Drug Addiction is a Disease
By Rev. Ned Wicker,
Admitting that drug addiction is a disease seems trite on the surface, but people look at drug addiction differently than they view heart disease, or cancer, or the common cold. There is always blame attached to drug addiction. There is always an accusatory finger to be pointed at the one who suffers from drug addiction disease.
Many in society assert that the addict is entirely to blame. There is not the same kind of sympathy for drug addicts that there is for smokers with cancer, or people with diabetes and heart disease. They are not viewed as people suffering from a disease.
The reasoning for society not being sympathetic to the addict is simple. People get hooked because they chose to take the drug in the first place. John Q. Public sees it that way and he can take the moral high ground because he didn't take drugs and somebody else did. Maybe John Q. took the drugs but didn't get hooked. People seeking a thrill might try a street drug like crack cocaine, methamphetamine, or heroin because of the â¬Årush, the â¬Åhigh they produce and chronic users are those who have developed a need far beyond merely wanting a thrill.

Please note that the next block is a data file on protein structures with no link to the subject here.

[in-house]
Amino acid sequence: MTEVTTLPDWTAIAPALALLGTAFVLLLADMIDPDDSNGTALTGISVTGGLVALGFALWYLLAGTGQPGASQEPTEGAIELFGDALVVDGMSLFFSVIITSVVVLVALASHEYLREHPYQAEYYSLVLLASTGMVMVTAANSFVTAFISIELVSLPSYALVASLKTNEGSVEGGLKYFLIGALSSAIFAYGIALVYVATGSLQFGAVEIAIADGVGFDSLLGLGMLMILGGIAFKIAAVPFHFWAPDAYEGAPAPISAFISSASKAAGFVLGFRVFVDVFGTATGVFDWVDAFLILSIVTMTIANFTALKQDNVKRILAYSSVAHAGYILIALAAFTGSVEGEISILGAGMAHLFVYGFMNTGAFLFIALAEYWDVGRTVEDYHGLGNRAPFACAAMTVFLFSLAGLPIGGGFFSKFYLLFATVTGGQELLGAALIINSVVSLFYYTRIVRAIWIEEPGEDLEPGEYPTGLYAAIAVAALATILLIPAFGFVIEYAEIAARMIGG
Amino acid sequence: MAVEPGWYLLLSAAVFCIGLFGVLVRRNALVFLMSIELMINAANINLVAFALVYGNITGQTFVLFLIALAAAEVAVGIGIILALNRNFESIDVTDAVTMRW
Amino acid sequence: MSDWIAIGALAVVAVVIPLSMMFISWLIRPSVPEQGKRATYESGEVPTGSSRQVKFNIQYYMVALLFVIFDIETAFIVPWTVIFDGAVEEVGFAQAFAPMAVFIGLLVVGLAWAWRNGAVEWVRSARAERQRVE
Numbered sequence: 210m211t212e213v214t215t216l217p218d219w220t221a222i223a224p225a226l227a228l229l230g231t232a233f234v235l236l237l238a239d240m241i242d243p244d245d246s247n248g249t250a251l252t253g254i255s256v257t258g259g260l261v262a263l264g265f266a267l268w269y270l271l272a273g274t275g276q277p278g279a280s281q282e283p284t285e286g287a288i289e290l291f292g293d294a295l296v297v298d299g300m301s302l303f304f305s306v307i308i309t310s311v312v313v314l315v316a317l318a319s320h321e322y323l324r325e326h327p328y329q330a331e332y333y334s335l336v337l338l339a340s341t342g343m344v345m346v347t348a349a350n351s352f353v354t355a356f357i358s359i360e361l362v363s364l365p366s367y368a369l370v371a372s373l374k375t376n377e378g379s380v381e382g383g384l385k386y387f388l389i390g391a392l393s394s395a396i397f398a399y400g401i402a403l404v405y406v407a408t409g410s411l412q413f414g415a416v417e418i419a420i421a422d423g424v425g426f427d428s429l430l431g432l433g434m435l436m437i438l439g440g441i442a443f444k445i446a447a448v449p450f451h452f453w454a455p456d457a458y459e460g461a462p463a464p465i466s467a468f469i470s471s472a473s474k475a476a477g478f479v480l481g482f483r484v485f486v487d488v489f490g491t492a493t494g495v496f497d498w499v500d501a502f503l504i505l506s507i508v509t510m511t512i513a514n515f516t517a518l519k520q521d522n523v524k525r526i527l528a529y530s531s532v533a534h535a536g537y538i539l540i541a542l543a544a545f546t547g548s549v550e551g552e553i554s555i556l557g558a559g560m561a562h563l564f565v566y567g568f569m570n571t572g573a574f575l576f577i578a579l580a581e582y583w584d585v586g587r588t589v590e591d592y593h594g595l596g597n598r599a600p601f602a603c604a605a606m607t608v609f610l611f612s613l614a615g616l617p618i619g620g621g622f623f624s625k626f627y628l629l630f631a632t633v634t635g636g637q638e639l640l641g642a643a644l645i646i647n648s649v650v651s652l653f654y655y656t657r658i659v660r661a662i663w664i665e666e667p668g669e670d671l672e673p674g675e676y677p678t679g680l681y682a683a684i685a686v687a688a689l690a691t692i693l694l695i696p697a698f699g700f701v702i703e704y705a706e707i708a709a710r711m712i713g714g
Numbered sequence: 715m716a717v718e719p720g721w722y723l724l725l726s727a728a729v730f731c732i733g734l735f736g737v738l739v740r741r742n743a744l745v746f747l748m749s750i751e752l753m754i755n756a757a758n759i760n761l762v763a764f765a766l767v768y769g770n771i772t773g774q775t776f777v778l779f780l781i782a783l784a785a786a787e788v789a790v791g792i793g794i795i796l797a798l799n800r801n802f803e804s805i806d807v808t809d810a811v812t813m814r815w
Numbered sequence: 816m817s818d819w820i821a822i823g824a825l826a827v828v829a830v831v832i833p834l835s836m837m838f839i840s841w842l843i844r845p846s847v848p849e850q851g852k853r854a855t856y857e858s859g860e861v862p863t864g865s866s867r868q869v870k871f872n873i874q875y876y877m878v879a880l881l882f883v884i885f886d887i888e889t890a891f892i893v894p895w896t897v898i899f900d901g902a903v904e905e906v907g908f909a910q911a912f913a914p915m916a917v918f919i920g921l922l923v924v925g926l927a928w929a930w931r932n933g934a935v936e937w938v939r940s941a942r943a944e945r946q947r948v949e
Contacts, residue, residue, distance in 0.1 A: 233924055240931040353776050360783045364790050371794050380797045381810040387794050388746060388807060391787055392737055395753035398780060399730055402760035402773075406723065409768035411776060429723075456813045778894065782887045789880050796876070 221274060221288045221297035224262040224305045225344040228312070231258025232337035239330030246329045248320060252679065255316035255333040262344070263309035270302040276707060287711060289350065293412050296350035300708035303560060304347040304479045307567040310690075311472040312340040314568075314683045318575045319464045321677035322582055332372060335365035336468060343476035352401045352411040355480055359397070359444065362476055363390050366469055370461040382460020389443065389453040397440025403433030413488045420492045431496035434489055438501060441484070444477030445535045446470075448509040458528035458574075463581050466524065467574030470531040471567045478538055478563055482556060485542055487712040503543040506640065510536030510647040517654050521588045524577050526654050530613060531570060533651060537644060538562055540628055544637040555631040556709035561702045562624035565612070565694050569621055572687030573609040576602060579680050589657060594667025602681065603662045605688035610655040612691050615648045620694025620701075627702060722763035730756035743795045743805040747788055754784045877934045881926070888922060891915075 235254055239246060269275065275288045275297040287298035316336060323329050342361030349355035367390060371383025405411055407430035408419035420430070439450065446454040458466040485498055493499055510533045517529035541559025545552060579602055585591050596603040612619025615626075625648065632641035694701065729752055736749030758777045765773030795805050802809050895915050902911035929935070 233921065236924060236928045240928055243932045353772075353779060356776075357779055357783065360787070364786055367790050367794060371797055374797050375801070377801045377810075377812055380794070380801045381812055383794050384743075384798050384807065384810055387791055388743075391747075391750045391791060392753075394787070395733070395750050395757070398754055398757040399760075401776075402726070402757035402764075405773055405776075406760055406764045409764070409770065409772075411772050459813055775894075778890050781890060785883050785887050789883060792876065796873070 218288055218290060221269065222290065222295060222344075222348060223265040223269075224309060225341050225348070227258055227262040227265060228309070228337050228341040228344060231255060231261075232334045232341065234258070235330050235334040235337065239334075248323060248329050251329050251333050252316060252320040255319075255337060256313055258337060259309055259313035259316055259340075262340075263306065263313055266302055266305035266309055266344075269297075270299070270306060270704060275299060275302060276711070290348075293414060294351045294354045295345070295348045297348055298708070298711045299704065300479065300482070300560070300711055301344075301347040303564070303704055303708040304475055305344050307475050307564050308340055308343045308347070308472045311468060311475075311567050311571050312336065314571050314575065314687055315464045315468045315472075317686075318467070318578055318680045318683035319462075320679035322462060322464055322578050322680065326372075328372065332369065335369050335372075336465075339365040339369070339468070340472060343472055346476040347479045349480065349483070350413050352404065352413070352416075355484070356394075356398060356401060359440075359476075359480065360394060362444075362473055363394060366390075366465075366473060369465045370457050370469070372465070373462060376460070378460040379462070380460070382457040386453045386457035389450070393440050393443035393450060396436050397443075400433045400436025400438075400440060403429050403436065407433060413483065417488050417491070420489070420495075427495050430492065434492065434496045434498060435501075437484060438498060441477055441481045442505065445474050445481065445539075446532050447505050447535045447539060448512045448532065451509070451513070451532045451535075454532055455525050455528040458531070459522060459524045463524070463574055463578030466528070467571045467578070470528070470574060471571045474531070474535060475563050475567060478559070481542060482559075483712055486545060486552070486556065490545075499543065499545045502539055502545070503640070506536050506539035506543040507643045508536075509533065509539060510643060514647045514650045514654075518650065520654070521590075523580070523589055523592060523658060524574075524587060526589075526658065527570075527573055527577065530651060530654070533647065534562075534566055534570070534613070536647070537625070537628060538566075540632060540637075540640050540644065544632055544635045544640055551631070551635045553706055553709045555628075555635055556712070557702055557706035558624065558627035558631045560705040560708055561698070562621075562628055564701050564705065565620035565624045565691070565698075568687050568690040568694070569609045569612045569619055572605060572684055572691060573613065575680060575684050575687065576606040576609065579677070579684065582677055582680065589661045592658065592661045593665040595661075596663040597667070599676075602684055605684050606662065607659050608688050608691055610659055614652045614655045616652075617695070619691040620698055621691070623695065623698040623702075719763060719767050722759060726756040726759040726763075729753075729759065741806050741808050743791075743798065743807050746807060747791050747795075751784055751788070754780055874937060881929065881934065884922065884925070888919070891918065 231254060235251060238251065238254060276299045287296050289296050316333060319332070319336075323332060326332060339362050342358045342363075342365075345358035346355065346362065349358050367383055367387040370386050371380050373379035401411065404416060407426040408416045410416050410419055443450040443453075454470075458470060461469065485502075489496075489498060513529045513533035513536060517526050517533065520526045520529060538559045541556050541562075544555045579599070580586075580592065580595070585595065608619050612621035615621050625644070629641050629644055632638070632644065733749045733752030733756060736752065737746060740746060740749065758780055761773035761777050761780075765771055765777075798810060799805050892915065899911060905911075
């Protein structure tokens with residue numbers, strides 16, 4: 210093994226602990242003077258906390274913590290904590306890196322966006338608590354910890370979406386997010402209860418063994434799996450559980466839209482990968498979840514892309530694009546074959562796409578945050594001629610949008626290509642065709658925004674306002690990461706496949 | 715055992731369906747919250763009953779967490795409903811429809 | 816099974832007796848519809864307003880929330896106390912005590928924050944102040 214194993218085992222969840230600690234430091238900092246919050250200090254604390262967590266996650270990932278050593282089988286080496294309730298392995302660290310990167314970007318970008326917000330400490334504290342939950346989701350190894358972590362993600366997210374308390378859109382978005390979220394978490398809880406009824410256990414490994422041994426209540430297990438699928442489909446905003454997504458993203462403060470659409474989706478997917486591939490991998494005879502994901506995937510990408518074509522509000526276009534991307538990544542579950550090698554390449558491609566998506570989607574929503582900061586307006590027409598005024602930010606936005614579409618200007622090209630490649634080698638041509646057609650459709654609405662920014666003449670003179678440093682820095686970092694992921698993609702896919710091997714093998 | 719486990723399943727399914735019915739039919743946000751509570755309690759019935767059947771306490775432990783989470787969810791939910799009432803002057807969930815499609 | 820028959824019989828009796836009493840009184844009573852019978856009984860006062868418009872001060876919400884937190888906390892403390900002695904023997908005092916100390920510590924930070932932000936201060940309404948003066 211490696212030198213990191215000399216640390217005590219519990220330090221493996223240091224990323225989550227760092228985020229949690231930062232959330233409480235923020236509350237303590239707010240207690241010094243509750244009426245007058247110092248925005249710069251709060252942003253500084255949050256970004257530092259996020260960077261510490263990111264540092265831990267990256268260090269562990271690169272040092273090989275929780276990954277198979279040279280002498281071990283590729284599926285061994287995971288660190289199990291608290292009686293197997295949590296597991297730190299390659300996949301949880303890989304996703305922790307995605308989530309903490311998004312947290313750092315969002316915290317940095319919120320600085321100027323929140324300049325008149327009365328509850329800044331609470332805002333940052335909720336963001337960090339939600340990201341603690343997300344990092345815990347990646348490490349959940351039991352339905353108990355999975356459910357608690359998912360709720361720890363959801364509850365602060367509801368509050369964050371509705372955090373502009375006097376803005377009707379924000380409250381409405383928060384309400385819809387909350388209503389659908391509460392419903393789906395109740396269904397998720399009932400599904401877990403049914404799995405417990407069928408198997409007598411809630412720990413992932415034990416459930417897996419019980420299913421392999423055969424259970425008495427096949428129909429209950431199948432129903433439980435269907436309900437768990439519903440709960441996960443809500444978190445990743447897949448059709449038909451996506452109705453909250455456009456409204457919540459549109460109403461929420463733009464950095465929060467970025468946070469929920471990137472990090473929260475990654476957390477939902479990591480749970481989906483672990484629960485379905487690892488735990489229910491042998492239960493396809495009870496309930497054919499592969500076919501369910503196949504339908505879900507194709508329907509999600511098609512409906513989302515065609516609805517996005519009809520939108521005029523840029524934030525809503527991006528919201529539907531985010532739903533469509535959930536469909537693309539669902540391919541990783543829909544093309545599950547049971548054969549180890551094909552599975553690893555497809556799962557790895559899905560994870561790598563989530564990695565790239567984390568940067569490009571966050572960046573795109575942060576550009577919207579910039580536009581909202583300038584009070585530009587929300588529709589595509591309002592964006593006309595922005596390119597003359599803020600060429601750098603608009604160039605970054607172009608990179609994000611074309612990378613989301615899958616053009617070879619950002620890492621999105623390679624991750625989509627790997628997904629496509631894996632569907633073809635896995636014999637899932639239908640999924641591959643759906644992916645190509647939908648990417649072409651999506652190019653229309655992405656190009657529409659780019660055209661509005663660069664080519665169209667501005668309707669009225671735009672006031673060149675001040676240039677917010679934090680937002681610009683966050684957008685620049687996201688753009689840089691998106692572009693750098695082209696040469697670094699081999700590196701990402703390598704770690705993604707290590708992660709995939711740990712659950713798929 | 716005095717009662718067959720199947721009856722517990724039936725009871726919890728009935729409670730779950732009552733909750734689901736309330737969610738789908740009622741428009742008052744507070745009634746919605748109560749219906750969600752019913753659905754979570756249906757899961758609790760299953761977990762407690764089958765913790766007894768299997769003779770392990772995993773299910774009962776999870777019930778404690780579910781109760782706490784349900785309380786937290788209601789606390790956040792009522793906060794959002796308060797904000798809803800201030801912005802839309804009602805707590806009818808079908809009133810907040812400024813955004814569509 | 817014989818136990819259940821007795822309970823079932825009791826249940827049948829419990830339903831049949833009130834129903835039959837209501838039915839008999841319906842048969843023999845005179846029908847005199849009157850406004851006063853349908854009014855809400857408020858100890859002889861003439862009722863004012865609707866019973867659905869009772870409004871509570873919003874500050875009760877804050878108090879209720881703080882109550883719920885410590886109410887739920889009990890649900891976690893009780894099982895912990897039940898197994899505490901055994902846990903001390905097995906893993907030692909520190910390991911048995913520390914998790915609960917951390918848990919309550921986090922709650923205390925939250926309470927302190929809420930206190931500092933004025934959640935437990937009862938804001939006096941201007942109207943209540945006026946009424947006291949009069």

Prescription medications that are abused, such as OxyContin, are coveted because the effect is intense and even greater than the heroin they get on the street. Even if they don't want a thrill, people can still become addicted to prescription medications just because they take more than the prescribed amount to feel better. In either case, nobody asked for their life to be ruined.
It may start innocently enough, but people get out of control. What started as a lark ends up as an albatross around their neck. It hangs there and the user can't get rid of it. Regardless of how the disease started, the person is no longer in control of it and cannot break free of the disease's power. People may have a few drinks, or enjoy a couple of trips to the buffet table, but sooner or later their body says it's time to stop. With the addict, that â¬Åthing that says stop isn't there. They don't get enough and continue, even long after another person has stopped. It's the inability to stop that causes so much pain and suffering.
Whatever the drug of choice, intervention and treatment are necessary for the addict to return to a healthy lifestyle. The problem for the addict is that society has attached a stigma to the disease. Bad people are drug addicts. Weak people are drug addicts. Undesirable people are drug addicts. No, people become addicts; good people, nice people. The well-educated, the blue collar, the rich, the poor, all colors and types are all potential addicts. They can all contract the disease. No one is exempt.